Awhile back I described ten common characteristics of debt-free people.
In that article, I specifically asked my readers to consider this question:
“Why is it that there are families out there with household incomes under $40,000 comfortably making ends meet and saving for retirement with no debt on the books — or at worst, a single mortgage payment — while others who make millions per year like Sinbad, Ed McMahon, Mike Tyson, and Stephen Baldwin have trouble keeping their financial heads above water?”
While that list was met with general acceptance, I did manage to start up a minor debate between the readers as to whether or not it was really possible for the majority of folks here in the good ol’ United States of America to make ends meet on $40,000 per year. Keep in mind that I originally published the article in 2010 — so, after adjusting for inflation, that number is equivalent to $45,000 in 2017 dollars.
Even so, how can I make such a claim?
Well, I live in Southern California; it’s one of the most expensive places to live in the United States. In fact, according to the Council for Community and Economic Research, Los Angeles currently has the seventh-highest cost of living in the US, behind only New York City, San Francisco, Washington D.C., Boston, Seattle and San Diego.
Even so, there are still millions of people living here right now that are making ends meet on $45,000 or less.
I know if I had to, I could make it here too on that amount of money — and if I can live on an annual income of $45,000 here in Southern California, I’m certain I could make it most everywhere else in America, where the cost of living is significantly cheaper.
How do I know for sure? Well, if you’re a regular Len Penzo dot Com reader, you know that I’ve been meticulously tracking every penny I’ve earned since 1997.
Although I have a much more detailed breakdown, here is a top-level summary of just my key household expenses in 2016:
Remember, most of these expenses should be considered conservative. Why? Because if I was making only $45,000 per year I would certainly work much harder to cut some of those costs down — starting with kicking my two teenagers off the auto insurance policy, which would reduce that bill by more than half.
You can also bet I’d be much more vigilant about limiting our gasoline and utility bills. Likewise for the retail purchases. However, the biggest area where I could really cut corners is the grocery bill; although we do plan our dinner menus to save money, we rarely take advantage of coupons. We currently eat lots of steak and other expensive cuts of beef too, so I’m quite certain that I can easily cut our grocery bill by at least 25%.
But, Len, what about the mortgage?
Well, my mortgage payment is a bit less than $640. And although I bought my home almost 20 years ago, there are still places in Southern California where you can find a place to live for $1000 per month.
With that in mind, if you add everything up, those basic expenses come to about $45,000 annually.
Yes, I realize I still haven’t accounted for federal, state and social security taxes. But I’m certain I could offset whatever taxes would be deducted from my paycheck with the savings I’d get by reducing my other bills.
Would my family be living like kings and queens? No.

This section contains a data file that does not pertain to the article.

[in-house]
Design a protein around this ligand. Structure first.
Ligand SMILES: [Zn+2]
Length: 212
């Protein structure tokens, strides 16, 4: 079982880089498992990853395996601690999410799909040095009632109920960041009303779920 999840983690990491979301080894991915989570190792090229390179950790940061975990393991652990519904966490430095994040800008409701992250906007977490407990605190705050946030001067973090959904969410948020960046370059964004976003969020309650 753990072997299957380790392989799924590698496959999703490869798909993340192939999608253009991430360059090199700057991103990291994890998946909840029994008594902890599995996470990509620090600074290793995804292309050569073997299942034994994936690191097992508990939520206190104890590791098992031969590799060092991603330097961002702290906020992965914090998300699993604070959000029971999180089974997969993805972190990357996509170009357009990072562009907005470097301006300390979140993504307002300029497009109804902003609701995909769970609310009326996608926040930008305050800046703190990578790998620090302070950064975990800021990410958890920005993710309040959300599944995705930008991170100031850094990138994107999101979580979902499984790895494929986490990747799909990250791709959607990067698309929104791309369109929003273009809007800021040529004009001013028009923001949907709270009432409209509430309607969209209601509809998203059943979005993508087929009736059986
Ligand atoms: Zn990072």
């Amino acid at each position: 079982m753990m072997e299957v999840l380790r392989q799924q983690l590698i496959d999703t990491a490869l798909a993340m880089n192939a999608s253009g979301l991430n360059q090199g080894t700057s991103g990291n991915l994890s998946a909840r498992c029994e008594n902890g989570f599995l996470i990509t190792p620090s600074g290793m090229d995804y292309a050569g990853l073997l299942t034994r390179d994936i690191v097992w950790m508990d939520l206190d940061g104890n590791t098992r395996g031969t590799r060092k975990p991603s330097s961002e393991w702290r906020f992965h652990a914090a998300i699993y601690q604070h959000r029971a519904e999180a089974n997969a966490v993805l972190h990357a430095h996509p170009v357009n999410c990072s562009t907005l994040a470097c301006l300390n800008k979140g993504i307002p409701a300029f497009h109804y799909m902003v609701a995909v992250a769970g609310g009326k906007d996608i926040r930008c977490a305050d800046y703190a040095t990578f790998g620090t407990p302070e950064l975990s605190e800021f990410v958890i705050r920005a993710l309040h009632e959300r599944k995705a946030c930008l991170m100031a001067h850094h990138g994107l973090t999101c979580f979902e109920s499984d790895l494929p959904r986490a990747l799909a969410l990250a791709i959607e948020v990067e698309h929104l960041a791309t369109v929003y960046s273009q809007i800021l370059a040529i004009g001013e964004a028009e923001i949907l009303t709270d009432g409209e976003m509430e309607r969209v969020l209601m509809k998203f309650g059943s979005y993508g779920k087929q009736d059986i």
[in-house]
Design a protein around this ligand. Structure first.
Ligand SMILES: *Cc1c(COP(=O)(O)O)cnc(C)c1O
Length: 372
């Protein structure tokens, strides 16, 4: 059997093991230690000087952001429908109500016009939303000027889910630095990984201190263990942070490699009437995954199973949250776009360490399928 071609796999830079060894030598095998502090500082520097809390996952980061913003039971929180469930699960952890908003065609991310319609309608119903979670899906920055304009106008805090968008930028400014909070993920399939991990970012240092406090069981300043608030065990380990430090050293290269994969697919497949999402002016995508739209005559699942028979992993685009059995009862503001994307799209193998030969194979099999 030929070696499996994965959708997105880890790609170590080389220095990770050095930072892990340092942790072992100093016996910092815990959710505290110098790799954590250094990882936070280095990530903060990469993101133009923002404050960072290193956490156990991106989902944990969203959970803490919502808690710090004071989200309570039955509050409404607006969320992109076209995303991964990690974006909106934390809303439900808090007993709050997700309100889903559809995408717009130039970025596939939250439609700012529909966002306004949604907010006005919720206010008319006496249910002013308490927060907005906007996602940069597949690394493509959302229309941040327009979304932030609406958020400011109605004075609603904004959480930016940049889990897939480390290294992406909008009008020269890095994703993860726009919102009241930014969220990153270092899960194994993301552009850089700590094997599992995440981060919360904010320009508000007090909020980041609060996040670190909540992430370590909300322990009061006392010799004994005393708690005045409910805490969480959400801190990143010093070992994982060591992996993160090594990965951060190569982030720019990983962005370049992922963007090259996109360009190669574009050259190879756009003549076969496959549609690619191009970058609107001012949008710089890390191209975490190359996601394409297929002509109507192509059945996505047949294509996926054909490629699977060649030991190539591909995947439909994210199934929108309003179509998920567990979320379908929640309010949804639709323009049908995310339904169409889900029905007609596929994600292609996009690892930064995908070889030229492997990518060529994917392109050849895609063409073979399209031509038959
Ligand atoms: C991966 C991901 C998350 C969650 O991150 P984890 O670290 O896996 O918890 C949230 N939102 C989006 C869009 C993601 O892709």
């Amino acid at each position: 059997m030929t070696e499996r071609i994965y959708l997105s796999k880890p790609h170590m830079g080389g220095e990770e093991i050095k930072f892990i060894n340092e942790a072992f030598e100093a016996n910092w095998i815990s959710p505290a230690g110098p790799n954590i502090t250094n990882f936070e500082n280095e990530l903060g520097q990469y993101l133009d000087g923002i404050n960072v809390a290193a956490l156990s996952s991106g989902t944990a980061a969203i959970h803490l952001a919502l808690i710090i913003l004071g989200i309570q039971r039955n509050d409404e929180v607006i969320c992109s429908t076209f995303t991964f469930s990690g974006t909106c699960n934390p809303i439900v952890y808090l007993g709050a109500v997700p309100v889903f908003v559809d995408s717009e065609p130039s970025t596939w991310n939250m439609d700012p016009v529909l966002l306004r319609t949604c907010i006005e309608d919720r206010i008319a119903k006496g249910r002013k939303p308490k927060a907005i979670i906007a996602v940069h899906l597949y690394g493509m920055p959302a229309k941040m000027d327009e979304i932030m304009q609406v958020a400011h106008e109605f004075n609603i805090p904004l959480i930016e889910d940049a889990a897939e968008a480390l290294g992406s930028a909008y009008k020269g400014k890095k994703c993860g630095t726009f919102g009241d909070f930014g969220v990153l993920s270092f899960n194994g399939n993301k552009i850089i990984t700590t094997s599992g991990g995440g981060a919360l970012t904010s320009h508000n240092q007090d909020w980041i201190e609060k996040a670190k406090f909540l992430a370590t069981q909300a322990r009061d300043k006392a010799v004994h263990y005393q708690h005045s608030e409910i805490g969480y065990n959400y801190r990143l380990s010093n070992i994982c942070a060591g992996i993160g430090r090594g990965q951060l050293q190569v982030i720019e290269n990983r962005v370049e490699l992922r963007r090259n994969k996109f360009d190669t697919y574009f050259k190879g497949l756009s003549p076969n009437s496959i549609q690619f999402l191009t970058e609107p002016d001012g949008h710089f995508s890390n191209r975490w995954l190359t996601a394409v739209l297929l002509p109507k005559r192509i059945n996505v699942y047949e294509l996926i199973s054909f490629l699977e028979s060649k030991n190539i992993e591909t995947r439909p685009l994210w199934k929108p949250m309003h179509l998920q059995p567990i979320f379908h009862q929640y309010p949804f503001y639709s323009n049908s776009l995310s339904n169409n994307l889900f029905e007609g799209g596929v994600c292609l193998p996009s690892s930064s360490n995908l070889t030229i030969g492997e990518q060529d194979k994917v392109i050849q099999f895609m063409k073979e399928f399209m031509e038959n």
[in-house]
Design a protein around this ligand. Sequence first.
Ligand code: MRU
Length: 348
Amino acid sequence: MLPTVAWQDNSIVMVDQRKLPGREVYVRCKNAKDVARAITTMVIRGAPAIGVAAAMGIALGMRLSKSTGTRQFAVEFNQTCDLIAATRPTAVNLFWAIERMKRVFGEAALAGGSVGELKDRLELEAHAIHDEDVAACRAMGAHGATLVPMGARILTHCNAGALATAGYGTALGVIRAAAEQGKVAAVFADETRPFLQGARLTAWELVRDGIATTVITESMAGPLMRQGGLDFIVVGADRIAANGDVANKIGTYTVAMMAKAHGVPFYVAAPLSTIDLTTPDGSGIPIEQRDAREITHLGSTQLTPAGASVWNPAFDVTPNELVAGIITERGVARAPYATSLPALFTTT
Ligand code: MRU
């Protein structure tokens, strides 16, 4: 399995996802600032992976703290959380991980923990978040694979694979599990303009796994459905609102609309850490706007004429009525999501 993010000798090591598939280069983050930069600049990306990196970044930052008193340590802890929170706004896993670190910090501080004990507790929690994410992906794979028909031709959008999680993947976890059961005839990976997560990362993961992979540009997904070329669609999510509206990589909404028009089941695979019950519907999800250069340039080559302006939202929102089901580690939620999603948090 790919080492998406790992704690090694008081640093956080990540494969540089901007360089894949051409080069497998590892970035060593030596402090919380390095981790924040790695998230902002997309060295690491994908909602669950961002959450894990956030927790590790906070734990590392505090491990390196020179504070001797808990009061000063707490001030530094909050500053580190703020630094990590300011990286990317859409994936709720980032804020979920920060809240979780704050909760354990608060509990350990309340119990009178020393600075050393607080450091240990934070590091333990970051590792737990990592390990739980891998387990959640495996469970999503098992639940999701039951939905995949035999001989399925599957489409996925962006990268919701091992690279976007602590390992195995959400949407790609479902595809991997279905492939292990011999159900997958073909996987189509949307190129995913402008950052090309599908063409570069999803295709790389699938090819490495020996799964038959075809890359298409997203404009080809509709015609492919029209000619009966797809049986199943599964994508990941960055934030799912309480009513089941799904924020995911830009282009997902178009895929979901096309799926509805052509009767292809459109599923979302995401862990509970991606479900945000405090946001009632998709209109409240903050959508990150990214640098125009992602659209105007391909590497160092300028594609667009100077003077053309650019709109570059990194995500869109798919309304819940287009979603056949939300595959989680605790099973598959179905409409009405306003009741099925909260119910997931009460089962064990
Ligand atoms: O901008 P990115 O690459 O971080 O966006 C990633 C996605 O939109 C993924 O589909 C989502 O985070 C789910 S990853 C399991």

But we would be living in a respectable and comfortable home in Southern California, with four insured cars in the garage, and presentable clothes on our backs. We’d also go to bed each night with full bellies. Unfortunately, the downside is that there would be little money left over to put away toward my retirement, or an emergency fund in case my water heater broke.
I admit, it’s not ideal. Clearly, it is a no-frills lifestyle; but it’s certainly not poverty either.
So if you and your family are blessed with good health, but you find yourself still having trouble making ends meet on approximately $40,000 per year — and are truly serious about living within your means — I strongly suggest you reassess your situation and see where you can cut back on your expenses. After all, as these testimonials show, there are plenty of folks in America who have been able to live comfortably on less than $40,000 annually.
Otherwise, you’ve really got nobody to blame but yourself.
One Last Thing …
I completely understand that households earning less than $40,000 have to work extra hard to ensure they have enough savings in retirement — which is why it’s still important to invest in the stock market, no matter how little the amount.
Investing in stocks is a great way to increase your annual household income. With stock market research, you’ll learn the art and science of buying and selling to attain successful outcomes.
Here are some benefits of investing in stocks:
- Long Term Gains. Remember that over a long time period, the stock market increases in value, even though individual stock prices fall and rise daily.
- Dividend Income. Many stocks offer income through dividends that can be used to pay other investments as you grow your investment portfolio, including a retirement fund.
- Investment Diversification. While it’s good to have money in the bank, diversifying into investments like bonds and stocks can provide you with additional returns.
- Ownership. When you buy a share of stock, you become a business owner of the company.
With all that in mind, it’s important to remember that investing in stocks should be done as early as possible so you can maximize the benefits of investing and reduce the downside risks that come with those occasional — not to mention inevitable — bear markets.
If you’re a household CEO who is successfully making ends meet on roughly $40,000 per year or less ($45,000 maximum, please) I’d love to hear from you. Contact me at Len@LenPenzo.com and be sure to put $40,000 in the subject line. If I publish your story, you’ll get a $25 gift card or an American Silver Eagle!
Photo Credit: Hitchster